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This story first appeared in The Hollywood Reporter‘s November stand-alone.
Blue Jasmine, the 77-year-old auteur’s first film shot in the U.S. in four years, because San Francisco has been his favorite city outside of New York ever since he did stand-up comedy at the Hungry I during the 1960s. “It was strictly an indulgence because I could walk the streets, eat at the restaurants and wake up every morning looking at the bay,” Allen said in a message delivered at the film’s San Francisco premiere.
Virtually no filmmaker has as much freedom to make the movie he wants, where he wants, as Allen, who for more than a decade has been turning out a feature a year on modest budgets (Jasmine came in at a little less than $18?million), with no distribution set up in advance, based on his script and his unique vision as a director.
“Woody has 100 percent creative control,” says his sister and producer, Letty Aronson. “Studios just don’t work our way, and we don’t work their way.”
But New York-based Sony Pictures Classics, which has distributed Allen’s past five movies, is just fine with the way he works. SPC first saw Jasmine in October 2012 and immediately acquired domestic distribution. “Woody has certainly had a box-office resurgence in the States,” says SPC co-president Tom Bernard. “There’s a whole new audience that has been building for Woody since Midnight in Paris [in 2011], many of whom had never seen a Woody movie before.”
It was SPC’s idea to open Jasmine in July, which turned out to be perfect counterprogramming in a summer of superheroes, aliens and action flicks. Allen agreed but exercised his final approval of everything having to do with the movie and objected to SPC’s first pass at a marketing campaign. SPC co-president Michael Barker recalls that Allen insisted on recutting the theatrical trailers to eliminate any hint it might be comedic, even though the cast included such noted funnymen as Alec Baldwin, Andrew Dice Clay and Louis C.K. “It was important [to Allen] not to mislead the audience,” says Barker.
Finding and delivering the truth is at the heart of Allen’s work, whether it is in the dialogue, the realistic locations, selling the picture or getting real-life performances from his cast.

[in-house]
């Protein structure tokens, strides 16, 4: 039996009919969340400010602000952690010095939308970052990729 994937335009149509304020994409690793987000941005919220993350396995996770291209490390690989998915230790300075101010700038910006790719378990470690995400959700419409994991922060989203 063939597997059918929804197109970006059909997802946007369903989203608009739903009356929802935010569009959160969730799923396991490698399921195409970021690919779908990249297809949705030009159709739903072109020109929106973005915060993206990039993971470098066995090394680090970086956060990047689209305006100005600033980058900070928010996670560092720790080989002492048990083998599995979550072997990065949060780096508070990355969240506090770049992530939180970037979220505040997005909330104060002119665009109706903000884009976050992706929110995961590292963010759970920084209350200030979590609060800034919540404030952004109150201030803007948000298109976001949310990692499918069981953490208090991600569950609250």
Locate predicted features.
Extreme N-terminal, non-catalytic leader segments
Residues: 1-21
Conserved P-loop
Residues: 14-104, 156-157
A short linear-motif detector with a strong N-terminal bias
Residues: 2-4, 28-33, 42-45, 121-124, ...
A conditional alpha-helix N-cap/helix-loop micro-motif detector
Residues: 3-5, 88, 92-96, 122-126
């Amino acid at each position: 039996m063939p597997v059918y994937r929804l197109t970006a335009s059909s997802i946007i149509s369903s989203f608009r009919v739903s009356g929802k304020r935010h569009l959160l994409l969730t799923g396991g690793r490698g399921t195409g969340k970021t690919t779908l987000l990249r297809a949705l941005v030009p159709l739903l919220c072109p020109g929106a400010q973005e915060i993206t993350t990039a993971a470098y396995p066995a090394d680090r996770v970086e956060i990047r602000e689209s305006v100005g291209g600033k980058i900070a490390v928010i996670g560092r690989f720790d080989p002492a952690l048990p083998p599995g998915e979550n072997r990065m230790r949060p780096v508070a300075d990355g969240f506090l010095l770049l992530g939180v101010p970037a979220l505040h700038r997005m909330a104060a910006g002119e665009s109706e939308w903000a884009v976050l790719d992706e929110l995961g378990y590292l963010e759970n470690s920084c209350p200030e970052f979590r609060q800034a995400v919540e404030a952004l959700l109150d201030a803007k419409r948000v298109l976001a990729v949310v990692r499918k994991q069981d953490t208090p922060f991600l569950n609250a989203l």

“He’s brutally honest,” says Cate Blanchett, who plays the title role, a woman who goes from great wealth and status to near poverty when her husband’s financial shenanigans are uncovered, forcing her to move in with her sister in San Francisco. “The thing about Woody is that absolutely nothing is sacred [except finding the truth]. He’s a very pragmatic, in-the-moment filmmaker. If he thinks something can be changed to make it better, he will change it.”
Unlike much of the other cast and crew, who repeatedly have worked with Allen over the years, this was Blanchett’s first experience with the director. She loved his script and quickly adjusted to his style — which meant nearly no direction on how to play the role, aside from the words on the page. As Baldwin puts it, “The only direction we got from Woody was ‘louder’ and ‘faster.’?”
In the weeks leading up to production, Blanchett spent her evenings performing Chekhov’s Uncle Vanya and her days working with Sally Hawkins, who plays her sister, Ginger, in the movie. “Sally and I had that time together to talk about who the sisters were,” recalls Blanchett, “where they’d come from, what the backstory was — not that it’s ever mentioned [in the movie].”
Allen declined to be interviewed for this article because he won’t do anything that might be construed as awards-season campaigning, but he has talked about how this movie began. “His wife, Soon-Yi, told him a story about a friend of a friend,” says Aronson. “She was on top of the world, and then her husband got arrested for doing illegal things, and all of a sudden they took everything from her and she had no place to live.”
Aronson insists her brother “never gave a thought to Bernie Madoff,” though she admits there are similarities to his story, just as the lead character in some ways is similar to Blanche DuBois in Tennessee Williams‘ A Streetcar Named Desire — a role Blanchett played on the New York stage in 2009.